I have encountered many difficult situation when I met client who want to calculate the rate differently. The most common method is to calculate by source words, but some times clients also want the work to be calculated by minute and hour (a bit specific for the subtitling and transcription). So it would be interesting to know if there is a formula to calculate our rate per minute or per hour. And also for interpretation, what should usually be covered by the client? How to calculate accurately the rate per day or per hour?

Thank you,

[Edited at 2014-03-20 01:59 GMT]


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Petra Johansson  Identity Verified
Italy
Local time: 21:11
Member
English to Swedish
+ ...
The question about rates is a never-ending very tiresome story Mar 20, 2014

of time spent on discussions that should not even occur...

Who wants to buy a Ferrari doesn't go to the car dealer trying to negotiate so that he can get for the same price as a Fiat yet asking to have it delivered faster than normal and coming with lots of extras...........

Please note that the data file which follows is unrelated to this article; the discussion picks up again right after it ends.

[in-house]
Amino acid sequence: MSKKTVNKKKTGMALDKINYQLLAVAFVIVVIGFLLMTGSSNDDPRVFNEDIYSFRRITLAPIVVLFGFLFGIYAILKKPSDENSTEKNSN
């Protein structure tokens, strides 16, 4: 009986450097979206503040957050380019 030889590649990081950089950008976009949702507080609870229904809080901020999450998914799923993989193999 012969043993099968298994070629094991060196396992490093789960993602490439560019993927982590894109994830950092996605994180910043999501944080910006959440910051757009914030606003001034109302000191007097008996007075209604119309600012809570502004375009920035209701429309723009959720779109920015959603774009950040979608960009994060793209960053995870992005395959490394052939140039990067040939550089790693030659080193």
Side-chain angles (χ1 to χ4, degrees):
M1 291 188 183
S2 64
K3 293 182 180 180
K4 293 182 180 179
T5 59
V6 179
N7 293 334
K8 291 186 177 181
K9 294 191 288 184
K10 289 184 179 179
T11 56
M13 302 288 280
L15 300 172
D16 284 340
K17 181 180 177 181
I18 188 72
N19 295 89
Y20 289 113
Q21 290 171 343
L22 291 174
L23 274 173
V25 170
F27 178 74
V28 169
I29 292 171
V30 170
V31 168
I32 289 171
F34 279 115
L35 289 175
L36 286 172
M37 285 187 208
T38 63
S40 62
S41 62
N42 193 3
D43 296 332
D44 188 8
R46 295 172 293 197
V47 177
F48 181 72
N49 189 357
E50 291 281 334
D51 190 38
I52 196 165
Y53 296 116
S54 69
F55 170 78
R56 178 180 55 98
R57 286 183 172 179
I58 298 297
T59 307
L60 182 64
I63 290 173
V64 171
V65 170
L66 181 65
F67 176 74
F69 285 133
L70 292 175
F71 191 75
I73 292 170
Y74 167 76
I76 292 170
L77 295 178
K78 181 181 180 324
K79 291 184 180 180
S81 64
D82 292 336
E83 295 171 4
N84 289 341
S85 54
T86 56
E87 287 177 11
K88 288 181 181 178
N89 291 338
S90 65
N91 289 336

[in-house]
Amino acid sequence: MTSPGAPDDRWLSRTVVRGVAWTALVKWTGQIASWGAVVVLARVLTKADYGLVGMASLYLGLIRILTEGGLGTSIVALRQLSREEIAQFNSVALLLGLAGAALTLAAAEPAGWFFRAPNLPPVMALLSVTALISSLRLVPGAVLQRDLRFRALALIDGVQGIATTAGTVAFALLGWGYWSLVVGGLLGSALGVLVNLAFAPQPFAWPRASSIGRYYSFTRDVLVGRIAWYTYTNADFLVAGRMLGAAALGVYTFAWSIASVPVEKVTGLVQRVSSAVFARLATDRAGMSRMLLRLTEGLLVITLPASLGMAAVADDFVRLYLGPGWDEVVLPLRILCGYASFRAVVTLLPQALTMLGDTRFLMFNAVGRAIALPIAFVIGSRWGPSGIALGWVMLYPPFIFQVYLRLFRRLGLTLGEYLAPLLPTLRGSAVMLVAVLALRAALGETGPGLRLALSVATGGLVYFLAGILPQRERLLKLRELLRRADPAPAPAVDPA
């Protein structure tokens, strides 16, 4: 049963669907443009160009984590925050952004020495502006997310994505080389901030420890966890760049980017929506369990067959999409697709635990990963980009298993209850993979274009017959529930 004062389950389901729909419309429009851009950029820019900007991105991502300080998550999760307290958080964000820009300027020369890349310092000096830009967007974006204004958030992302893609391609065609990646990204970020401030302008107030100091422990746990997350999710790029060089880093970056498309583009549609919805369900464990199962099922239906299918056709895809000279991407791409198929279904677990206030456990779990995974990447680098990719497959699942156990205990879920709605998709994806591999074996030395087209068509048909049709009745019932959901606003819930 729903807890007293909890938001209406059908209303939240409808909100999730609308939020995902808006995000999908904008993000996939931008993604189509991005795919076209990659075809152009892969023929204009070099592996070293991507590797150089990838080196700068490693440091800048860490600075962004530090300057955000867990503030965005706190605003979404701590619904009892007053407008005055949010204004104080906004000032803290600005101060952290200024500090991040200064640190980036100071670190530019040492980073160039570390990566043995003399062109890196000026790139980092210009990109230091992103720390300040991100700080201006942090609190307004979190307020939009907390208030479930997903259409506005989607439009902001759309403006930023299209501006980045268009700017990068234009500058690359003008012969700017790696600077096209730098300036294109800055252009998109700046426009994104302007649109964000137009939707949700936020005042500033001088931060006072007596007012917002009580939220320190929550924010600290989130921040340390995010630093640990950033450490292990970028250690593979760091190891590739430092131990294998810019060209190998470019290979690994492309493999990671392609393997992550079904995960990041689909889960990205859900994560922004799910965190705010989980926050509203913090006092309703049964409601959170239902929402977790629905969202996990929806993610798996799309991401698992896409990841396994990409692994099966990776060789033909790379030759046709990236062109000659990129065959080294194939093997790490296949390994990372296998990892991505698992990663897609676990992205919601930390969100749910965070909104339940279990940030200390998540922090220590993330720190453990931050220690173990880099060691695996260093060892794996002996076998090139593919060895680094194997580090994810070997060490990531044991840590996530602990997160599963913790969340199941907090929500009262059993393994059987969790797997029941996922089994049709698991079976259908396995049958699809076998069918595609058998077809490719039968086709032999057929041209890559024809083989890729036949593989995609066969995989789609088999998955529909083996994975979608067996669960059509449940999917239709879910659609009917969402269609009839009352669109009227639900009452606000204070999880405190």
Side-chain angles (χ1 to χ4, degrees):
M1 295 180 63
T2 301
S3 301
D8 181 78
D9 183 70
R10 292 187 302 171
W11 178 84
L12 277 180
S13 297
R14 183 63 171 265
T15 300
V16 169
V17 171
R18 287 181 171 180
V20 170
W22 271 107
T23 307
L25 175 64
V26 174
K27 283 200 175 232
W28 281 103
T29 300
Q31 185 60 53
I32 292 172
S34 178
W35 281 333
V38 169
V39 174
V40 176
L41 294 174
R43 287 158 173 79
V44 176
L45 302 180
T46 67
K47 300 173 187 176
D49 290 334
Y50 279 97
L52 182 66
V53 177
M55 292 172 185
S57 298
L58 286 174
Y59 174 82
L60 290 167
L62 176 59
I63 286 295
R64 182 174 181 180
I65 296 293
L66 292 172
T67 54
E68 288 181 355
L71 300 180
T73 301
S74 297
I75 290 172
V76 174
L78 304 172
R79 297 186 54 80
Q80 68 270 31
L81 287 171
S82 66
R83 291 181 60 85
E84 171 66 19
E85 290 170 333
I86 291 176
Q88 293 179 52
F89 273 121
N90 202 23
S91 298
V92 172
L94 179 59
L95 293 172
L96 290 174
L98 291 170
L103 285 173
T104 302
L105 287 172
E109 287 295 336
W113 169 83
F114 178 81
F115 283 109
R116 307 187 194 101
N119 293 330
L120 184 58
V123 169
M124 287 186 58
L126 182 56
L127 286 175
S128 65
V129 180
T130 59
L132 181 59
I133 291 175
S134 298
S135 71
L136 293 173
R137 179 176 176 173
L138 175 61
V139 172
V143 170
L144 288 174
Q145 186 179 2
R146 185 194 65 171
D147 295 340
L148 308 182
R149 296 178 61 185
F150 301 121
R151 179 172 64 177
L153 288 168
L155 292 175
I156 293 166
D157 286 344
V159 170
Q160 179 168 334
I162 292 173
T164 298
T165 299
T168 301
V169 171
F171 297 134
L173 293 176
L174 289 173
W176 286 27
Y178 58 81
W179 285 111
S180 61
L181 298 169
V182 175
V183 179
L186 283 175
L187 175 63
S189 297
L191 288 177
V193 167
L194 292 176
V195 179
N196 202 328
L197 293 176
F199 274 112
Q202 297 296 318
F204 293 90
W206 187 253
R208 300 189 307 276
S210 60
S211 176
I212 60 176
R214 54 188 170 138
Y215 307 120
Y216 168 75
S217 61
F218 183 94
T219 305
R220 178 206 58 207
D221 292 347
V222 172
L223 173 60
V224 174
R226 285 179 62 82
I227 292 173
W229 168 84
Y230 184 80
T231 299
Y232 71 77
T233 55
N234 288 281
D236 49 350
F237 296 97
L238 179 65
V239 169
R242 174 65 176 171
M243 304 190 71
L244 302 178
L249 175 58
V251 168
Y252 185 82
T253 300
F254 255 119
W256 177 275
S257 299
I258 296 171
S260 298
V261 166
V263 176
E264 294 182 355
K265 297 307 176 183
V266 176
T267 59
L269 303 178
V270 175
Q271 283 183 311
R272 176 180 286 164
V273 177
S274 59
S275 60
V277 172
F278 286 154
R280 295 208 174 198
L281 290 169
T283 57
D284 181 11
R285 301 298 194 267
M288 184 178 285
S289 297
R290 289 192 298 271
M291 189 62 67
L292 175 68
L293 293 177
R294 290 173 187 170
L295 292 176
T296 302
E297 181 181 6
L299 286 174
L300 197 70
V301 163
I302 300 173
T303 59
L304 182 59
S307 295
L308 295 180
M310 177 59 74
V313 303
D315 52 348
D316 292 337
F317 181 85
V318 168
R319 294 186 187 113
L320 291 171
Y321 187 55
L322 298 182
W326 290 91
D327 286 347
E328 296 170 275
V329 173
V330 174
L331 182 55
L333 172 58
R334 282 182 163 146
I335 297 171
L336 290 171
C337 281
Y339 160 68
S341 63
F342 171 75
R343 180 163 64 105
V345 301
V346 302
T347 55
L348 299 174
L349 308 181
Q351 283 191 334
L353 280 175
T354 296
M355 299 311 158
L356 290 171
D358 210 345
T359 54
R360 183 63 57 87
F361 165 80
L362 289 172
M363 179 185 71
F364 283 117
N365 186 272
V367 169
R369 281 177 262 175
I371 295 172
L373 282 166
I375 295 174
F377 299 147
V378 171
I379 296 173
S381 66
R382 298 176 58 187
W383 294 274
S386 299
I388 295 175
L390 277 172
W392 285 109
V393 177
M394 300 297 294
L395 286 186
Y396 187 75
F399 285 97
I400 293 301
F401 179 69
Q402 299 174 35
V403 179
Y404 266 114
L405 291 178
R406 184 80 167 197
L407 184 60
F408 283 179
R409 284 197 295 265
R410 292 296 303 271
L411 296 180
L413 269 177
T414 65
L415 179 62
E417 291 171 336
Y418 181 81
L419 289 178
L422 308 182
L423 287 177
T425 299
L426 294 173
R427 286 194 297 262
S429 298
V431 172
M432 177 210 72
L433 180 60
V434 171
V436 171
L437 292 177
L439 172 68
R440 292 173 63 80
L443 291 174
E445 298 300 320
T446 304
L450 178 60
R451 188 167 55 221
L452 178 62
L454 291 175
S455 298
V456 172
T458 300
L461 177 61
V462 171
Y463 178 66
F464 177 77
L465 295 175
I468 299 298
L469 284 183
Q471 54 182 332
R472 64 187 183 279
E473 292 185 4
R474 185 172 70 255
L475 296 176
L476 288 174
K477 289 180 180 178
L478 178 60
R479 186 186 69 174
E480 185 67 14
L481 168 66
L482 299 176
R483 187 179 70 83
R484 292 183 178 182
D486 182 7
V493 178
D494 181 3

Lately more and more new, potential, clients try both reduce the rates and at the same time to ask for more service to be included (e.g. asking a much lower hourly rate for editing AND to define themselves how much will be needed for that edit......suggesting a much lower number of hours than the minimum needed for editing a quality translation, even though those low-cost-agencies often provide poor quality translations)...... It is very time-consuming to even answer these requests, explaining why they are unacceptable. I also feel offended and sometimes overwhelmed by hopelessness. It is really essential that translators work together to defend acceptable rates, or even better, to raise our rates as well as our quality standards.